Most children accidentally cause damage to their teeth during playtime. The odds are much higher if a child participates in sports or outdoor activities. Even a tooth that does not appear cracked or chipped after trauma may be injured. If your child’s tooth changes colour or darkens, the tooth is probably damaged. This change of colour is not the same as staining from excessive fluoride, medication, or inadequate hygiene.
Sometimes, the tooth might turn pink or red after trauma. The time that it takes for red or pink discolouration to appear varies depending on the kind of damage. If the colour changes shortly after the injury, it is due to broken blood vessels inside of the dental pulp (the soft tissue inside of every tooth). The tooth may eventually regain its normal colour, or could darken to grey over time.
Another situation is when damaged blood vessels in the tooth sometimes darken the tooth 2 to 3 weeks after an injury. Things like iron carried by the blood can make their way inside of the hard tissue layer of the tooth. As the blood breaks down, the tooth may appear grey, brown, and sometimes black. In many cases, the tooth will regain its normal colour over time, but the crown sometimes keeps the darker tint indefinitely. If the tooth’s colour does not improve over time, it may be dead.
What to do in case a tooth is knocked out?
Knocked out teeth have a high chance of being saved by the dentist and if it is returned to their socket within 1 hour of being knocked out. One should hold the tooth by the crown and try to re-implant it.
You must be careful not to touch the root of the tooth, once placed back into the socket, bite on a clean cloth or gauze to hold the tooth in place and go directly to your dentist. If the tooth cannot be put back into the socket, submerge the tooth in saline, cold milk or the victim’s own saliva and go to the dentist immediately.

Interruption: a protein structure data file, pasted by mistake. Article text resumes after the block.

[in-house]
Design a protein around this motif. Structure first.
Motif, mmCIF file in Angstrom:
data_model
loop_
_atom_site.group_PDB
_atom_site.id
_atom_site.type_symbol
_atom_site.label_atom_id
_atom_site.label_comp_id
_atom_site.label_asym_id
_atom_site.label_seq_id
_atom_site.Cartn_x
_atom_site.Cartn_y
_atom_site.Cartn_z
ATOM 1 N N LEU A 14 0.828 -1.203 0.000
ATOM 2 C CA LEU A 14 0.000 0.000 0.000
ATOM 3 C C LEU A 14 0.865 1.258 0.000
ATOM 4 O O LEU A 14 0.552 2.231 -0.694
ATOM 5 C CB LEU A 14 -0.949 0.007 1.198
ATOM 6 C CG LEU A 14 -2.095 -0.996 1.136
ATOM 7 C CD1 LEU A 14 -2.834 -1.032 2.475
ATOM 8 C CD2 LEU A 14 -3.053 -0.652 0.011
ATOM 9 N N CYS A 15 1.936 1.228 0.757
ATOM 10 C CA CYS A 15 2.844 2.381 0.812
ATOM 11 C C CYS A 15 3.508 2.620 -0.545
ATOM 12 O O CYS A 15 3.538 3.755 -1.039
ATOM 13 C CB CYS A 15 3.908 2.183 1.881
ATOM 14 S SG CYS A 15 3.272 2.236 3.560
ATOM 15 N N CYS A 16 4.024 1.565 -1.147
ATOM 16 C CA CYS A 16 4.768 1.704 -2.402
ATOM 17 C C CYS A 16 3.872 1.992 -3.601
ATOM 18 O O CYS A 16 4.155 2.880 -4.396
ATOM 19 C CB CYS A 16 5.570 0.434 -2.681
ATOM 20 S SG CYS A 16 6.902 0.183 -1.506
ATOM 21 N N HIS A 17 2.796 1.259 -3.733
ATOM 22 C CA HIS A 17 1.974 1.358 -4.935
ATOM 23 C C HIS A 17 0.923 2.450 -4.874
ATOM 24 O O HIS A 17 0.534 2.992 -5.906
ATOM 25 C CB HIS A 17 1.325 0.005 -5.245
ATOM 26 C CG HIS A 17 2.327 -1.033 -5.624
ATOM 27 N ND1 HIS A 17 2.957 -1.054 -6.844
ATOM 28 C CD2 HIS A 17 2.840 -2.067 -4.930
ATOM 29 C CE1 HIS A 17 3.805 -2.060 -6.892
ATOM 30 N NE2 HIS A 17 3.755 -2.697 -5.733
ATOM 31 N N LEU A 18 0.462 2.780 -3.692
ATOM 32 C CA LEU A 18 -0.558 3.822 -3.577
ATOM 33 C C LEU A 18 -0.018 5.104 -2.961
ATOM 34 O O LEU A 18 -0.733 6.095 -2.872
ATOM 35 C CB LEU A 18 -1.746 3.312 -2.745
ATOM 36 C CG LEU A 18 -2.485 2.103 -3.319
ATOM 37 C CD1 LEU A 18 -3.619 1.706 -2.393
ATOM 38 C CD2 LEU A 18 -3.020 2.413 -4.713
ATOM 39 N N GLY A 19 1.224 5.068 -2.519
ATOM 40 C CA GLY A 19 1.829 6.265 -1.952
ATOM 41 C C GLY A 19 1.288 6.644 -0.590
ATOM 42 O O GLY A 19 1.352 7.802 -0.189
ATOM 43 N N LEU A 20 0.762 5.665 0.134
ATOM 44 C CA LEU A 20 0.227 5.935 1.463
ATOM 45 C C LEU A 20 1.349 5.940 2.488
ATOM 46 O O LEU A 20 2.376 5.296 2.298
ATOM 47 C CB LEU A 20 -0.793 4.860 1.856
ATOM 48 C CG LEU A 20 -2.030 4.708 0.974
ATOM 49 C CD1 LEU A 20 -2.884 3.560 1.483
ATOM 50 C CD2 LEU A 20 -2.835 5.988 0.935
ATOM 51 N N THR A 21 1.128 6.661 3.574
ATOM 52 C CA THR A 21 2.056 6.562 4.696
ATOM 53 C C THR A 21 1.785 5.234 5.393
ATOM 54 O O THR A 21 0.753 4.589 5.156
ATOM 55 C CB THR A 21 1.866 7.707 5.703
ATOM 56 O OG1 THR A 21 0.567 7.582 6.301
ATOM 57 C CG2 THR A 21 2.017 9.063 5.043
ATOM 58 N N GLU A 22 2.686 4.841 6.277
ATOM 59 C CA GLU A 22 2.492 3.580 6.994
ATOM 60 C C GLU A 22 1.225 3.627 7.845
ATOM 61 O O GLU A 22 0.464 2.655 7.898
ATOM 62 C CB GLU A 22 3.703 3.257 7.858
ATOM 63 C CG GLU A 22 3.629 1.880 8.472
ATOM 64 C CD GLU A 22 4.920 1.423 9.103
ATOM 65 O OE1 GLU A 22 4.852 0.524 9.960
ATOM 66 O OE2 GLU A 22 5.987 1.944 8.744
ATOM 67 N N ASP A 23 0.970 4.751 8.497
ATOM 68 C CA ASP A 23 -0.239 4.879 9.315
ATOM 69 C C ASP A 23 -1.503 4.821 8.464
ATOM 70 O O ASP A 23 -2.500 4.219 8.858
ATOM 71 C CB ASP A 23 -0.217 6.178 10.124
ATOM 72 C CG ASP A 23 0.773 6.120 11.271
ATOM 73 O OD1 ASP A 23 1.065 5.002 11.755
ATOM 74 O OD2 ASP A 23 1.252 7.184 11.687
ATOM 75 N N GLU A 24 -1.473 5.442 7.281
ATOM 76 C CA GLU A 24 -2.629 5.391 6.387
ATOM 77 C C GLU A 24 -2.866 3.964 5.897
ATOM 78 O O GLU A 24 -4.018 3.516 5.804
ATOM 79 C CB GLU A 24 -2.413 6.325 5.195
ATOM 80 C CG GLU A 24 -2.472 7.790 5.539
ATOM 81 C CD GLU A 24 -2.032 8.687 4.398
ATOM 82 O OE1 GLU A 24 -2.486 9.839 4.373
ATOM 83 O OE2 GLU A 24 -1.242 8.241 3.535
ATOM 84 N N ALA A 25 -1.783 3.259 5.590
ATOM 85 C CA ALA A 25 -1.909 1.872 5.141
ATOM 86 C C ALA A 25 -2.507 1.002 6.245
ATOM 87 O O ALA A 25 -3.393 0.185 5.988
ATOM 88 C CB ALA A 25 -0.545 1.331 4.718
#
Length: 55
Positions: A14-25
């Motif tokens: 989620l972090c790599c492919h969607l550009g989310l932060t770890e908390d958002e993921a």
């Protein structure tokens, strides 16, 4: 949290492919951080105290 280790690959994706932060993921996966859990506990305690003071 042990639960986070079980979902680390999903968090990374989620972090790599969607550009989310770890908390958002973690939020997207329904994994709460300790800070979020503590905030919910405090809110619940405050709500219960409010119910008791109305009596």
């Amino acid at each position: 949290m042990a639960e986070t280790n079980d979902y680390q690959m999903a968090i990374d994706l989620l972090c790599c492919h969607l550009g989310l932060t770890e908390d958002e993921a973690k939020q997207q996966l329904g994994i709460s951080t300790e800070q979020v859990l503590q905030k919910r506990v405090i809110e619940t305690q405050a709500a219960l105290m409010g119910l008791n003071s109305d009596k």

It is also important to know, the longer you wait, the less likely it is that the tooth can be re-implanted into the socket. When there is an injury in your mouth make sure you rinse your mouth to remove any blood or particles. To control the swelling, place a cold cloth or cold compress on the cheek near the injury site. If the tooth is fractured, do a warm water rinse and apply a cold pack or compress. The cold pack along with Ibuprofen will help to control the swelling.
Good news is trauma may not always lead to tooth loss, but having the tooth examined by a professional could help prevent complications and pain later. Your dentist will be able to x-ray the damaged tooth to check for infection or swelling under the tooth. Depending on the extent of the damage, the tooth may be left alone to fall out naturally as the permanent one comes in. Infection under the tooth could require treatment or removal of the tooth.
Dr Vijayalakshmi Sundarraj (BDS) is dental surgeon at Wassan Specialty Dental Center